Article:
What the U.S. climate law means for the world

The Inflation Reduction Act is a very big deal for the United States. It’s the biggest climate law in the country’s history. It’s a lot of money, nearly $370 billion, for all kinds of tax incentives for American consumers and businesses. We’ve explained that from several different angles and we’ll continue to explore the package in the coming weeks.

But what does it mean for the rest of the world? That’s what I want to talk about today.

Here’s what the law does, and one thing it doesn’t:

It puts the United States on course to sharply reduce its own pollution, which is good for every living creature on Earth.

The United States is the biggest polluter of planet-warming gases in history. The law does not by itself meet the Biden administration’s ambitious pledge under the Paris agreement, which is to halve the country’s emissions of planet-warming gases by 2030, compared with 2005 levels. But it goes quite a distance: It puts the country on track to reduce emissions by roughly 40 percent within this decade, according to independent analysts.

It’s likely to make renewable energy cheaper worldwide.

The law aims to spur the manufacturing of renewable energy technology in the United States by offering a vast array of subsidies. Because the United States is the world’s largest economy, that is likely to drive down global prices and make it easier for many emerging economies and low-income countries to adopt renewables rather than build more coal-fired power plants.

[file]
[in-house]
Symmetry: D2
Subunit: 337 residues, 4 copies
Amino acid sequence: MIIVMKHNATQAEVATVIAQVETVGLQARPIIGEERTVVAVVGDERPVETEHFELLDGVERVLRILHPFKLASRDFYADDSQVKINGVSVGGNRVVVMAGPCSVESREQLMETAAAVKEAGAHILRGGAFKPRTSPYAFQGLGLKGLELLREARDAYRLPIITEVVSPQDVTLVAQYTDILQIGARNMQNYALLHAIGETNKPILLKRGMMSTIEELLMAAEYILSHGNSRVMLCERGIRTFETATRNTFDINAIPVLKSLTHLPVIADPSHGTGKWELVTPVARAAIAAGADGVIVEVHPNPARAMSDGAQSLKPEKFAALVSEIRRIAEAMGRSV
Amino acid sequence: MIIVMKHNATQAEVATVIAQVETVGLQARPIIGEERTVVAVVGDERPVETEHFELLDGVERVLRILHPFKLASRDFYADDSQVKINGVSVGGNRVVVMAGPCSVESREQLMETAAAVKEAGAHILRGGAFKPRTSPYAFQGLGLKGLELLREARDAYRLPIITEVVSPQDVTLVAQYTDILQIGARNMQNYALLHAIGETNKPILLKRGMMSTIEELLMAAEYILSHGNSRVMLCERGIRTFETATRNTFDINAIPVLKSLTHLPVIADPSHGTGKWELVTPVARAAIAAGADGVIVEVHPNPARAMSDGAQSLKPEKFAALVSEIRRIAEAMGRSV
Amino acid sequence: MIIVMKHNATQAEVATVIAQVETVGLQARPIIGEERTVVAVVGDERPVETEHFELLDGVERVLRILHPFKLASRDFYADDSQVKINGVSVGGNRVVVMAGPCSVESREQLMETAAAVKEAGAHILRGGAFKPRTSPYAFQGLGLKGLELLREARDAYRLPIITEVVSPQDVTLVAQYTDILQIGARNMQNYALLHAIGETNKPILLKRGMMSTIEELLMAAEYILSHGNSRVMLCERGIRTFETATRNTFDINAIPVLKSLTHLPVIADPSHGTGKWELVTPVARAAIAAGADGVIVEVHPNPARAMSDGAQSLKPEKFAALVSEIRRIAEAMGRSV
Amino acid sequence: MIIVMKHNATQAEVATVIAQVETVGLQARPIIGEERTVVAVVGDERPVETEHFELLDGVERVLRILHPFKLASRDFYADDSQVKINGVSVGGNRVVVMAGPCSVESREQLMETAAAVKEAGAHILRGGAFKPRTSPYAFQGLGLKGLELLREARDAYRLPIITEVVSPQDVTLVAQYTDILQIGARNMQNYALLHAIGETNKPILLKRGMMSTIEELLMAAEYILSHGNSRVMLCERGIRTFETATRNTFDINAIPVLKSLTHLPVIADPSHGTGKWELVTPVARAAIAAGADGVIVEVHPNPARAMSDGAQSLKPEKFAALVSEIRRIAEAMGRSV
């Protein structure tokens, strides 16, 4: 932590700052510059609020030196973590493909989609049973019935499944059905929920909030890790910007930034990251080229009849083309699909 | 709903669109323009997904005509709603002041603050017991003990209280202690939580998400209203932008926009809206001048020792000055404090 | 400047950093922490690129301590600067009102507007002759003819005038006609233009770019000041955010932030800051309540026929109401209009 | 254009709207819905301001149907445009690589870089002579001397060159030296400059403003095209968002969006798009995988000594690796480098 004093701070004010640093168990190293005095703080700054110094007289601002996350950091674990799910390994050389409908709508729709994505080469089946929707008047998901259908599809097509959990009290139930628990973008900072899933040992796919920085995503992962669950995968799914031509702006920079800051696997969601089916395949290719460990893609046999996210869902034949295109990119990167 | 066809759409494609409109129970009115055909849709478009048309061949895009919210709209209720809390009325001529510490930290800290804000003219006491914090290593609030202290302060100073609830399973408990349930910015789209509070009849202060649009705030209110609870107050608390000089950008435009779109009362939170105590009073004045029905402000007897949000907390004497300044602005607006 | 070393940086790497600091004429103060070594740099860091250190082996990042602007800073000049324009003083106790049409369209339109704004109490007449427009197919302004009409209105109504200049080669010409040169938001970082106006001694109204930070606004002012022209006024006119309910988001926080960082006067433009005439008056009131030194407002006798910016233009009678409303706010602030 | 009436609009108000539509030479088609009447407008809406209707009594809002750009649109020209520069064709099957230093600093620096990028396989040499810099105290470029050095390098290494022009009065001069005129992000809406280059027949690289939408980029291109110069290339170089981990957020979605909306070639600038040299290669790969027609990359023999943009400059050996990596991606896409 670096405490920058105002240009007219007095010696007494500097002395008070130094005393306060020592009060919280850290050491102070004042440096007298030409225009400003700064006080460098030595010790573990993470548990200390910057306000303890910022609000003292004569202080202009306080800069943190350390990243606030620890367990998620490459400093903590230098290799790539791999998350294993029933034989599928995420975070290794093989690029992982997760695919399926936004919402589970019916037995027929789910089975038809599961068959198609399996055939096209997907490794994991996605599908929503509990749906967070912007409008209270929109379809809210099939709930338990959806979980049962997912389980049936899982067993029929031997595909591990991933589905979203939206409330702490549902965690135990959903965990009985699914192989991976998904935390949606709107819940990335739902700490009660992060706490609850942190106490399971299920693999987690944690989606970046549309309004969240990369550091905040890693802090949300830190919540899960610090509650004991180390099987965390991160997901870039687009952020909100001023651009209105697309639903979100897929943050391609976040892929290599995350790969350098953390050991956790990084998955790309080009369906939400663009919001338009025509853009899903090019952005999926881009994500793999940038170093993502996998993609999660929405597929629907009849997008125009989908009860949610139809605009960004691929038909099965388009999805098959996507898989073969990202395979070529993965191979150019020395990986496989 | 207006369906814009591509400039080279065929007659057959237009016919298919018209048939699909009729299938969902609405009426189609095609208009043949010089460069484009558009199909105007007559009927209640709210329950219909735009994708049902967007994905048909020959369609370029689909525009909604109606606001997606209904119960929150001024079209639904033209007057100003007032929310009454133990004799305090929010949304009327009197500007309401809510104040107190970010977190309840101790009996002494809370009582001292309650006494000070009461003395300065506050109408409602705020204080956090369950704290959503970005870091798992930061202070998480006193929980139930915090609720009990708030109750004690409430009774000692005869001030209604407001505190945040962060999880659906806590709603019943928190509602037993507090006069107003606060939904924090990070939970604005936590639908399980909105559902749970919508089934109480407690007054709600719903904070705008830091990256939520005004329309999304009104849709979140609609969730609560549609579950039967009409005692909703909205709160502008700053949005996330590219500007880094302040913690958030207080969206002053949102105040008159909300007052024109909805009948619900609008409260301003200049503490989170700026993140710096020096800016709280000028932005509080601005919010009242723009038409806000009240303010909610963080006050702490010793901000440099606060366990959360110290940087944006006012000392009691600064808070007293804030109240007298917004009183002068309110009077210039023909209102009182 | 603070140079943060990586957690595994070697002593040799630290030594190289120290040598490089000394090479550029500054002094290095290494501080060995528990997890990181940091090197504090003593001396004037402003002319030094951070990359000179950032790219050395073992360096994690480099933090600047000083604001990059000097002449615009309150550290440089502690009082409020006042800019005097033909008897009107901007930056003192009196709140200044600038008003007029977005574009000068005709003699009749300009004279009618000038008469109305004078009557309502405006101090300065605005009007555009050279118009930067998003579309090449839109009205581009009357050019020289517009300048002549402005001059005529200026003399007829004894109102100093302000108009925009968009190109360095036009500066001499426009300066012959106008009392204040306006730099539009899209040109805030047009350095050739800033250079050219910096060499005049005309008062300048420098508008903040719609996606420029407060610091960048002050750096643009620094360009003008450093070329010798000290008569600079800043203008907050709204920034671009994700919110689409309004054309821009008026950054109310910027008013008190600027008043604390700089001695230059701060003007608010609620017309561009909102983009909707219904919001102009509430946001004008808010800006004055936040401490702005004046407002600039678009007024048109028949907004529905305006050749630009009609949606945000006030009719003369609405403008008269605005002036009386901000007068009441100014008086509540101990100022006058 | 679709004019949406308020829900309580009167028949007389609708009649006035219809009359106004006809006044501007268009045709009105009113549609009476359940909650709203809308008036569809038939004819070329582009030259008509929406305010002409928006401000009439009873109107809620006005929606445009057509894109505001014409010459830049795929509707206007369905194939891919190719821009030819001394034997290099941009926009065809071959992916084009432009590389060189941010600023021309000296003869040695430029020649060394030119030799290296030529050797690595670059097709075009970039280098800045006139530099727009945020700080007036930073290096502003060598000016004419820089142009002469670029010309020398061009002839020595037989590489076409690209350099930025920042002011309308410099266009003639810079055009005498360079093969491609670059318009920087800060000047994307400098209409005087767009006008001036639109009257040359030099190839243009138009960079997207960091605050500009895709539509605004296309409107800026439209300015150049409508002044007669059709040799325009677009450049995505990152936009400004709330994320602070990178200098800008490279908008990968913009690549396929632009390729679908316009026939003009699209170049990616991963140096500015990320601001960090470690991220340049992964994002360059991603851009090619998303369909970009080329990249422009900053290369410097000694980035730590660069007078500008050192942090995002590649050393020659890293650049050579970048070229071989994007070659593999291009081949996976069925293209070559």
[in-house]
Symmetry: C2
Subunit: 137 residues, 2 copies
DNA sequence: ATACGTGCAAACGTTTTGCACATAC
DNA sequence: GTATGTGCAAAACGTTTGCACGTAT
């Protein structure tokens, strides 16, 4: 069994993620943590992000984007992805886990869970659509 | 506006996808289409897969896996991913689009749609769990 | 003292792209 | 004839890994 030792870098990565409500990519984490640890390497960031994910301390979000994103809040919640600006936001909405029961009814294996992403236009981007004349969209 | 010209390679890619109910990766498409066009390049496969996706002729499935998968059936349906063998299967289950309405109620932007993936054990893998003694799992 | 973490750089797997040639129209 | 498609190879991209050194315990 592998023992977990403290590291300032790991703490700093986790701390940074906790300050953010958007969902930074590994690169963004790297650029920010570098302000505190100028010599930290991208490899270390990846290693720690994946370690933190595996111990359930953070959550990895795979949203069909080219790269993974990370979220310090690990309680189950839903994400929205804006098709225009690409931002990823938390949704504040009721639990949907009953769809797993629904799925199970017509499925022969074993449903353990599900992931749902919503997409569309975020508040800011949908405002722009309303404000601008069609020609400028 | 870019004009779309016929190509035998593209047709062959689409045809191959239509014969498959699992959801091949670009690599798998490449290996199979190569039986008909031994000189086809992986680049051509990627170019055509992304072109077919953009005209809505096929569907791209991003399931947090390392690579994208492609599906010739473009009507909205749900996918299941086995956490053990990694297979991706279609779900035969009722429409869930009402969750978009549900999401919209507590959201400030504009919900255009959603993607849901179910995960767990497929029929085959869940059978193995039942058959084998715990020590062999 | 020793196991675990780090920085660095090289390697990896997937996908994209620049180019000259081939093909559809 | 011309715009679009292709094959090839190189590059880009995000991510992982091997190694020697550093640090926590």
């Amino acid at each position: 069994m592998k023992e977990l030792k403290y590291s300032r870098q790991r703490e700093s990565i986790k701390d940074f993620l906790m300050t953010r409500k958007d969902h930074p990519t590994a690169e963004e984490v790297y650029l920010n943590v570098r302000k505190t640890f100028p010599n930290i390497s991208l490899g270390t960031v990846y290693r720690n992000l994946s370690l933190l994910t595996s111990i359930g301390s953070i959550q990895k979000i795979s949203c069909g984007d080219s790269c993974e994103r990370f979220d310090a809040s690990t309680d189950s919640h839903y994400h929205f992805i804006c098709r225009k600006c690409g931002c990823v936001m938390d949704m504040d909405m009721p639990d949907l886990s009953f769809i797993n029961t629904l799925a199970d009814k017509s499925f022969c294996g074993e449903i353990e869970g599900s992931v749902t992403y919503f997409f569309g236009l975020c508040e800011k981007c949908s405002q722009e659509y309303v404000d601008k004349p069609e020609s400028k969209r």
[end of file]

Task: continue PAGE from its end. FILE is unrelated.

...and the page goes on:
It keeps the United States in the game in the run-up to international climate talks.

President Trump pulled the United States out of the Paris climate accord. President Biden brought the country back in and made a bold pledge to reduce U.S. emissions. But until the passage of this law, he had no way to get there.

The prime minister of Fiji, Frank Bainimarama, a staunch ally of the United States, praised the law as the “most important show of solidarity to the Pacific since its re-entry to the Paris Agreement.”

“While we still seek even greater ambition from the world’s largest economy and historic emitter, Fiji welcomes this win for the planet,” he wrote on Twitter.

Laurence Tubiana, France’s former chief climate negotiator, described it as essential for America’s reputation in an interview in Le Monde. If the law had not been passed, she said, it would be “hard to see” how the United States could have maintained its credibility.

It signals that democracy can work, albeit messily.

Its passage strengthens the case that President Biden has sought to make to the world: that democracies are better than autocracies at delivering what citizens need, including in a crisis as big and complicated as global warming.

I couldn’t help but notice the diplomatic trolling by the United States’ biggest global rival, China, which is currently the biggest polluter in the world. “Good to hear,” the Chinese Ministry of Foreign Affairs said on Twitter this week. “But what matters is: Can the U.S. deliver?”

That dig came after the U.S. ambassador to China, Nicholas Burns, called on Beijing to “reconsider its suspension of climate cooperation with the U.S.”

China pulled out of bilateral climate talks with the United States after House Speaker Nancy Pelosi went to Taiwan.